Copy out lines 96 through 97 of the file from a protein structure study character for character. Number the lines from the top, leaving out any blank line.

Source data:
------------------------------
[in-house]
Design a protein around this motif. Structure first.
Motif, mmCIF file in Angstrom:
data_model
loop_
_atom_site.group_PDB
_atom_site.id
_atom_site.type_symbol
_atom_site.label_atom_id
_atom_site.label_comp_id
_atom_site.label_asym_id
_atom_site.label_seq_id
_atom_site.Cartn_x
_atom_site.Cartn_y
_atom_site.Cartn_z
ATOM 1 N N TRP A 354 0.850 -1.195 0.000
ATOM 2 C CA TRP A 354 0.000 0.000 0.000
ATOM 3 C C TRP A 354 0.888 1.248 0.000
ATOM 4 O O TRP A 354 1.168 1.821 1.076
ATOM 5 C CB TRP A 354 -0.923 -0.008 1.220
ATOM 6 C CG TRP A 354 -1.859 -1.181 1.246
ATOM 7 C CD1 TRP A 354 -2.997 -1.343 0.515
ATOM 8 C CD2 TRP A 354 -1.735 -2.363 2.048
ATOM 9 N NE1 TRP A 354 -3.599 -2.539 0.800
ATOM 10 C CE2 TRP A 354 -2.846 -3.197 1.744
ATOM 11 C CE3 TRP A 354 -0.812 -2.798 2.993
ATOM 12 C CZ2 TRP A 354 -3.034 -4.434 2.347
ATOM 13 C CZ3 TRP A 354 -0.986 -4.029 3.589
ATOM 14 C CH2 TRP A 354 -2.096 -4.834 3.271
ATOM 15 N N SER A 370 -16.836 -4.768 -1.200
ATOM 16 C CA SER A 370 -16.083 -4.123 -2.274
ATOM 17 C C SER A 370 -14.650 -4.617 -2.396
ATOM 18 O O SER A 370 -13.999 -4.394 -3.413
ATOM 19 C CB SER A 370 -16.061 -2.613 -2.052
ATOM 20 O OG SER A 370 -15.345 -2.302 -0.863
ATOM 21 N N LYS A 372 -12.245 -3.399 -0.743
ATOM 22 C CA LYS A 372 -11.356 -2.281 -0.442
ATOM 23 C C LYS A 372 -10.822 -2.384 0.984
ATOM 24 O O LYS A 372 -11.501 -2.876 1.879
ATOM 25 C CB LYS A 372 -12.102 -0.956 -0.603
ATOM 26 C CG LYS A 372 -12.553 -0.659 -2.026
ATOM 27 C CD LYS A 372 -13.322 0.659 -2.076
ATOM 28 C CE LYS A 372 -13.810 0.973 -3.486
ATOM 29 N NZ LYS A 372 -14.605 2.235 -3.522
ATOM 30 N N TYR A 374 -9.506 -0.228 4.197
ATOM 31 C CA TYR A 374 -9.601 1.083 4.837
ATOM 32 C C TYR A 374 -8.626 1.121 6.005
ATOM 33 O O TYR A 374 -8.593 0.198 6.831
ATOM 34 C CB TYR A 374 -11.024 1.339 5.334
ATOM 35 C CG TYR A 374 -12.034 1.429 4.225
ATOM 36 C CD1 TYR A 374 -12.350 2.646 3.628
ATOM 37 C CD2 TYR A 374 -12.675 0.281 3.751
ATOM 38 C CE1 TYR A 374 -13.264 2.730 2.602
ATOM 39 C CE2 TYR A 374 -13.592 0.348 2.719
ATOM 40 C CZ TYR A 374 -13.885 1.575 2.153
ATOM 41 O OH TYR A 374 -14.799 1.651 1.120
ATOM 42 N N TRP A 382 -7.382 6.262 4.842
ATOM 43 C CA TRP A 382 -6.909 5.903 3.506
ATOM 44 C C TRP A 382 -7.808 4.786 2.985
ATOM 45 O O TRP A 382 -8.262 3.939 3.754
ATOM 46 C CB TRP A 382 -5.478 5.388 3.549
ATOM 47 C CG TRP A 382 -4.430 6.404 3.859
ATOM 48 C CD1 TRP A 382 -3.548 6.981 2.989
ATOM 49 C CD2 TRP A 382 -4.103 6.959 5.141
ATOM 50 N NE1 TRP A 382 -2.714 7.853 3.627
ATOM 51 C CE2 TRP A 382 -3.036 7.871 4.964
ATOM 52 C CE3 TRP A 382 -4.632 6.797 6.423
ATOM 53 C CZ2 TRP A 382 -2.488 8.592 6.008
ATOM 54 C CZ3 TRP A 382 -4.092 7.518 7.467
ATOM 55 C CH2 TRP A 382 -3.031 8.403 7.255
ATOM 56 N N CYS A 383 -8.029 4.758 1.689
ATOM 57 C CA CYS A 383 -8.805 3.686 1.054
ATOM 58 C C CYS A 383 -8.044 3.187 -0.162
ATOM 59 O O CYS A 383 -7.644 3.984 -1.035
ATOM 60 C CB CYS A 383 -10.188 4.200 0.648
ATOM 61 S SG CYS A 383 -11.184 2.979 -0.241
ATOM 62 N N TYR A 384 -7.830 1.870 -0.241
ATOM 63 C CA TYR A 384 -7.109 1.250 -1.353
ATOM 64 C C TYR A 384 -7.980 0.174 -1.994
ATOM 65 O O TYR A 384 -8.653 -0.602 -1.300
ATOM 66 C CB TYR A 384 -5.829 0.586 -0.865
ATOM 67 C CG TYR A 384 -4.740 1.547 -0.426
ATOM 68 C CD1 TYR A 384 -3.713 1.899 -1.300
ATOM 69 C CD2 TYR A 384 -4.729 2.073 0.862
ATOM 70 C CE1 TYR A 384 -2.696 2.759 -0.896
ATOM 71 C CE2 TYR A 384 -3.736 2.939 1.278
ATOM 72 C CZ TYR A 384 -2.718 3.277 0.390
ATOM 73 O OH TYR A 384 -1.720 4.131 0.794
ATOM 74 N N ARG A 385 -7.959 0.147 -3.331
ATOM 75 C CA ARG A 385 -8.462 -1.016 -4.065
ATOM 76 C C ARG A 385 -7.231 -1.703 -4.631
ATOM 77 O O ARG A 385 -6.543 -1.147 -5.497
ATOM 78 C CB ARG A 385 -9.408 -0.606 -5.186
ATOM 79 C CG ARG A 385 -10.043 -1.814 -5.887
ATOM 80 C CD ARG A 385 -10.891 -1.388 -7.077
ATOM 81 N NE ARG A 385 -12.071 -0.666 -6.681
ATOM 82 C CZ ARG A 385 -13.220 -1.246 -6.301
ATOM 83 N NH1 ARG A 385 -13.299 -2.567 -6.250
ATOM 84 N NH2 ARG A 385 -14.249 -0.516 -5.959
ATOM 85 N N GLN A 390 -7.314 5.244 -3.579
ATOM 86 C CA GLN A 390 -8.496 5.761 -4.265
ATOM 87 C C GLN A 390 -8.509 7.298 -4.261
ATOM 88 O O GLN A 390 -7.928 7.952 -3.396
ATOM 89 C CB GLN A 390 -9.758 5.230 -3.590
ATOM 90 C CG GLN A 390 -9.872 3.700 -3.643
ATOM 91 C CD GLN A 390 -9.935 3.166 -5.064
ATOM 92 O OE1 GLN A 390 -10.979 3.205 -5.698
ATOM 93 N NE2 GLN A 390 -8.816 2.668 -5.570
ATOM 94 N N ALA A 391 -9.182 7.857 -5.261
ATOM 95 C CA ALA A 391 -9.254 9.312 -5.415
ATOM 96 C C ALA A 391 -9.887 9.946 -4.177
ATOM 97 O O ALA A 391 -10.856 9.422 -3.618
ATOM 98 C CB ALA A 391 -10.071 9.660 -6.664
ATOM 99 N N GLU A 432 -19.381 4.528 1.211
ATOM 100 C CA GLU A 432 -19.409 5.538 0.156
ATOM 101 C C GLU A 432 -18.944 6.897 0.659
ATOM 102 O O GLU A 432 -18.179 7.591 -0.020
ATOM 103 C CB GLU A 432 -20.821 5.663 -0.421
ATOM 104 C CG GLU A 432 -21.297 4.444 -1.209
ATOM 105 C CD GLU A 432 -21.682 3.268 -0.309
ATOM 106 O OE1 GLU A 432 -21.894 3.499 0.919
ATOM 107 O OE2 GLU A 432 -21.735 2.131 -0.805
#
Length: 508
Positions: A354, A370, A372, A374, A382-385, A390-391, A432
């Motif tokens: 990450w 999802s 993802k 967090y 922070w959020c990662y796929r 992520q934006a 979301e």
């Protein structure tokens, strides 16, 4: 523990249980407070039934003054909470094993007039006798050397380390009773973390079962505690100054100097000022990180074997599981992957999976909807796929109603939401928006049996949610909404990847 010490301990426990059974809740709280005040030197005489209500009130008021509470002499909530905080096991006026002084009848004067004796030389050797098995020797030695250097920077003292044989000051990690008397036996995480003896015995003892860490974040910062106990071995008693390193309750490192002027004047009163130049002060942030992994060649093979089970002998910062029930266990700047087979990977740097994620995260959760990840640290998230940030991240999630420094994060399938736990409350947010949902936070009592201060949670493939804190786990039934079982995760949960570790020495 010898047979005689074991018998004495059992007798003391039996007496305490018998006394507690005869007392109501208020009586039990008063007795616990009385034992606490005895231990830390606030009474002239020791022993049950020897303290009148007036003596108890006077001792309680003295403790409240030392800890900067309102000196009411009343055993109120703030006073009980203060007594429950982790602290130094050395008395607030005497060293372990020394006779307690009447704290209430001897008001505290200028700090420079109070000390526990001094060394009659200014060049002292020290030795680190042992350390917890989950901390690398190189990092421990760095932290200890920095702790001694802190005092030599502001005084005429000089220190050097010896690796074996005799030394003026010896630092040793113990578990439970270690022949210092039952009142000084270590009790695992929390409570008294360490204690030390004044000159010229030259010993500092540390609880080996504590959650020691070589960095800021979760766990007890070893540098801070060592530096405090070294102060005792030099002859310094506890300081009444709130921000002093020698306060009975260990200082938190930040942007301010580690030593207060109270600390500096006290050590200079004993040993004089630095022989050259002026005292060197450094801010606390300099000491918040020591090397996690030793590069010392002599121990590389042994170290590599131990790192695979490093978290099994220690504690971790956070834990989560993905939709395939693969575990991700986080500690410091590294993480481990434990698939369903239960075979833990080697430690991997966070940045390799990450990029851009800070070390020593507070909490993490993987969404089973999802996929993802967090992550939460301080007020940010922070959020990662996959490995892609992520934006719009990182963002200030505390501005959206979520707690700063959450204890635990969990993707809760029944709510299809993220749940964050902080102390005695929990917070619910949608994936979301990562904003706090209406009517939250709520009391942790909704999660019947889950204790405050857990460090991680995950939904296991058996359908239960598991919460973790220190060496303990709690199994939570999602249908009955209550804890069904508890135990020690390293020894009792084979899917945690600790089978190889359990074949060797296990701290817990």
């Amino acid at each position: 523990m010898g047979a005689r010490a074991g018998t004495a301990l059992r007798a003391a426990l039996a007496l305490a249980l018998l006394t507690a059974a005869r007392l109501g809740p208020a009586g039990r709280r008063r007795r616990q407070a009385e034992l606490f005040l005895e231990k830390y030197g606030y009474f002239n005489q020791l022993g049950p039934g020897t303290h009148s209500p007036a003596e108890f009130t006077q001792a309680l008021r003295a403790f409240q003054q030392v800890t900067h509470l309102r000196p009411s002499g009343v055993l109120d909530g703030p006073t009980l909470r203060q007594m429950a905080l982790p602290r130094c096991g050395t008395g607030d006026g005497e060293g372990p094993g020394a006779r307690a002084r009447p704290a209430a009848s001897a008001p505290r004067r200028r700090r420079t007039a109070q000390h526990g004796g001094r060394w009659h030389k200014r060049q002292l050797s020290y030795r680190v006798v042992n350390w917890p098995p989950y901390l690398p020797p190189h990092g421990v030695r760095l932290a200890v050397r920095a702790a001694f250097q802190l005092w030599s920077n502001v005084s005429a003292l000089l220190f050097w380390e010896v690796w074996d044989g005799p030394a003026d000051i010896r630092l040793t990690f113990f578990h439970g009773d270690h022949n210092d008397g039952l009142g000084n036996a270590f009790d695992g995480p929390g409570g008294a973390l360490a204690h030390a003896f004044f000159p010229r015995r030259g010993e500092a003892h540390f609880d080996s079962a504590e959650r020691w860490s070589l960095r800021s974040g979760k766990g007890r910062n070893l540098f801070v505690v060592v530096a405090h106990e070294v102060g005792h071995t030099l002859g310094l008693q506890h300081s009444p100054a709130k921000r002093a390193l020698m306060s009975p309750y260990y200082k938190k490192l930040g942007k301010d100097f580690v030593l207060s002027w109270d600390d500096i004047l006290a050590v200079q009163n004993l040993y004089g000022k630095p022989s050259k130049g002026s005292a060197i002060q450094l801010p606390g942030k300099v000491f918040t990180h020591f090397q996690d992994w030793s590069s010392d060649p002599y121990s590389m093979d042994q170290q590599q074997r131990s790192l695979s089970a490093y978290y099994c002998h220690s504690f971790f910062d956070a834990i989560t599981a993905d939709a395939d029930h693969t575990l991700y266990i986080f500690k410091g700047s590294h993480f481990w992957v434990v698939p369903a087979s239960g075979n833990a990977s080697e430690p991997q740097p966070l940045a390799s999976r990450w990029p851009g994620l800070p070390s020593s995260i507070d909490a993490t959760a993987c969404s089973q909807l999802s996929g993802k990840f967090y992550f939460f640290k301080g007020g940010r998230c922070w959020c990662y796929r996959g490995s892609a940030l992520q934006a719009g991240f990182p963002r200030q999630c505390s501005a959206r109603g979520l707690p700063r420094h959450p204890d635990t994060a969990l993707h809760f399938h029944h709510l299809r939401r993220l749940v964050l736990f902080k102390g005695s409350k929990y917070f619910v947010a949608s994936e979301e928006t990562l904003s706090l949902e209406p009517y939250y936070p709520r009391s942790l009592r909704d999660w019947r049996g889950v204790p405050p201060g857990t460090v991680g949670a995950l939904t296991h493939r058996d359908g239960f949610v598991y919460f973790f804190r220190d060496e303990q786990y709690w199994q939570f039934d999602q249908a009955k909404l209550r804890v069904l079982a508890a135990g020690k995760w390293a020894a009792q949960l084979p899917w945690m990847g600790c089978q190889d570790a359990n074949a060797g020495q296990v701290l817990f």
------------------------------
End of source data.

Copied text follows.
ATOM 81 N NE ARG A 385 -12.071 -0.666 -6.681
ATOM 82 C CZ ARG A 385 -13.220 -1.246 -6.301